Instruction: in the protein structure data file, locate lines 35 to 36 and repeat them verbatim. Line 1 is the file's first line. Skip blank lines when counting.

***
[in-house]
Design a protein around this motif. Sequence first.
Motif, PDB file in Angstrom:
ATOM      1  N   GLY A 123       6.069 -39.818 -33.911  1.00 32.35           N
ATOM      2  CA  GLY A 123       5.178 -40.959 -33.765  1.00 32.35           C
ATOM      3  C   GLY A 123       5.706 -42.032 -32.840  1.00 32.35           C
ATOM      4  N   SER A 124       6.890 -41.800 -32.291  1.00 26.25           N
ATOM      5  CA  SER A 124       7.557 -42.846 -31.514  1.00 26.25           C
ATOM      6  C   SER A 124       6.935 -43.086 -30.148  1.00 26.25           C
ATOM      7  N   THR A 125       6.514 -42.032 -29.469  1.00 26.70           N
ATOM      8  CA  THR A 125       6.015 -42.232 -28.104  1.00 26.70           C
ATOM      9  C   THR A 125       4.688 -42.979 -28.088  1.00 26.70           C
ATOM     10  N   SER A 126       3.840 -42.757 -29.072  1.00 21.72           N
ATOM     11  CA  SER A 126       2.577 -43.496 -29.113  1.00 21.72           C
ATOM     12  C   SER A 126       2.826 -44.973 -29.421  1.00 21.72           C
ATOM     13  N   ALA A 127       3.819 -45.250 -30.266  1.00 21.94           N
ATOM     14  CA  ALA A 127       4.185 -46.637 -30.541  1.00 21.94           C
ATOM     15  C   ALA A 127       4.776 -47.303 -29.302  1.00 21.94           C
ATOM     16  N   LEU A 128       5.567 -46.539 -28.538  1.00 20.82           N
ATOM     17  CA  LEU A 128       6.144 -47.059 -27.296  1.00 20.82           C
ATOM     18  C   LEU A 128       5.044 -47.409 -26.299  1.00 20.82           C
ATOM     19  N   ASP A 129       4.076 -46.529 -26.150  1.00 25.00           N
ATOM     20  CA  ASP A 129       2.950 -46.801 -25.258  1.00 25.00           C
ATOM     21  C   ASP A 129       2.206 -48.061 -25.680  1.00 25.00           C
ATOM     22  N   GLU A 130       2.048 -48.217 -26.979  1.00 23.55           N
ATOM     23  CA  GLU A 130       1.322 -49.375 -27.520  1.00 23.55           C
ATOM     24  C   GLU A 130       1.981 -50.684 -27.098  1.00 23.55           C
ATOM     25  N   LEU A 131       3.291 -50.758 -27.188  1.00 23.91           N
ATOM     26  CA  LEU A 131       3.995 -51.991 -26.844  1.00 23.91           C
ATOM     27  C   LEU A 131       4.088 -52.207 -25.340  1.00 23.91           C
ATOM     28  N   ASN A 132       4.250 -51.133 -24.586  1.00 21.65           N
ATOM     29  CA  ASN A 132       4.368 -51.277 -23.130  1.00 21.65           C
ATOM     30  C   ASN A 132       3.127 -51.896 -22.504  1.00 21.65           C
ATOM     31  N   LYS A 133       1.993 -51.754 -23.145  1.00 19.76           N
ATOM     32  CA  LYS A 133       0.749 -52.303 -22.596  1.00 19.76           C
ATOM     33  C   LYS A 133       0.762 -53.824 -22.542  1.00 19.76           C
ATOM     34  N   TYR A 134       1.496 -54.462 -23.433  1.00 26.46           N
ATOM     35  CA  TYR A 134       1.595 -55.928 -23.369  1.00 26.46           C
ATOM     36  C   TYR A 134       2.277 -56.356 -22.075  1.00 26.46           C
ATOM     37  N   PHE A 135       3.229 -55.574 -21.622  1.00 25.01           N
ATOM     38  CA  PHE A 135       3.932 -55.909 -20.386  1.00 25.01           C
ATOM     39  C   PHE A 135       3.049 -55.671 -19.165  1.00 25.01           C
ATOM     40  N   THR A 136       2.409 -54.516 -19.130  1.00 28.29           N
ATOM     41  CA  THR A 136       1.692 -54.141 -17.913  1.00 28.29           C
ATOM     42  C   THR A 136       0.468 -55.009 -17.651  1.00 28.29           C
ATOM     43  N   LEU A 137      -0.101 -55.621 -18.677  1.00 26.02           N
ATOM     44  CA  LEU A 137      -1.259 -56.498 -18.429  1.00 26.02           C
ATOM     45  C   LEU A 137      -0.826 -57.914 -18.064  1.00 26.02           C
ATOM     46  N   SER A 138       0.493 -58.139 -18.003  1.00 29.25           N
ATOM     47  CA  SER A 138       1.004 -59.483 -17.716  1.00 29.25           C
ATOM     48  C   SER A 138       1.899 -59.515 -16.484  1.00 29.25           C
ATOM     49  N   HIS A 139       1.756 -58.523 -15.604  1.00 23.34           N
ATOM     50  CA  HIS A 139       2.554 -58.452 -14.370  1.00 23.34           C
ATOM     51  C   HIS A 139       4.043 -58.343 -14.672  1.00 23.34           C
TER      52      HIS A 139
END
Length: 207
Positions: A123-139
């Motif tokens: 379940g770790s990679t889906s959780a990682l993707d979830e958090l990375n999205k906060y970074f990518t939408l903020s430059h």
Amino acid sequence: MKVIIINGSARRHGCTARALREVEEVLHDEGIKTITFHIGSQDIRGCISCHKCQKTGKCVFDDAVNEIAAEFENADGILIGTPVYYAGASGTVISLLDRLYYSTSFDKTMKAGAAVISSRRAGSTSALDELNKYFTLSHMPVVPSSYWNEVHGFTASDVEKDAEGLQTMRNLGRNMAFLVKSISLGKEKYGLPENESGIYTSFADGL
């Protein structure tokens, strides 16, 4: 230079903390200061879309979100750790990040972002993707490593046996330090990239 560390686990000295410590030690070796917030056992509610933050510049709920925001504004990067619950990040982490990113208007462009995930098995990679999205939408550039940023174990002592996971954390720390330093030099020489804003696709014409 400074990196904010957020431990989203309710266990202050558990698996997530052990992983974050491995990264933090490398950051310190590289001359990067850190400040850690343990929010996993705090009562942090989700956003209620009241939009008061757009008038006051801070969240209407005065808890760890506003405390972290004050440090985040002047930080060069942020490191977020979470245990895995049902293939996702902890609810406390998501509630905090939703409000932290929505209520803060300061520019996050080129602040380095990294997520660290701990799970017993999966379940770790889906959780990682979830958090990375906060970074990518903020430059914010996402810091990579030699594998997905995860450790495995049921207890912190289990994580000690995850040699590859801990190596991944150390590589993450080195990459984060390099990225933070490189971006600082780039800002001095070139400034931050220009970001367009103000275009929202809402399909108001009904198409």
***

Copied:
ATOM     32  CA  LYS A 133       0.749 -52.303 -22.596  1.00 19.76           C
ATOM     33  C   LYS A 133       0.762 -53.824 -22.542  1.00 19.76           C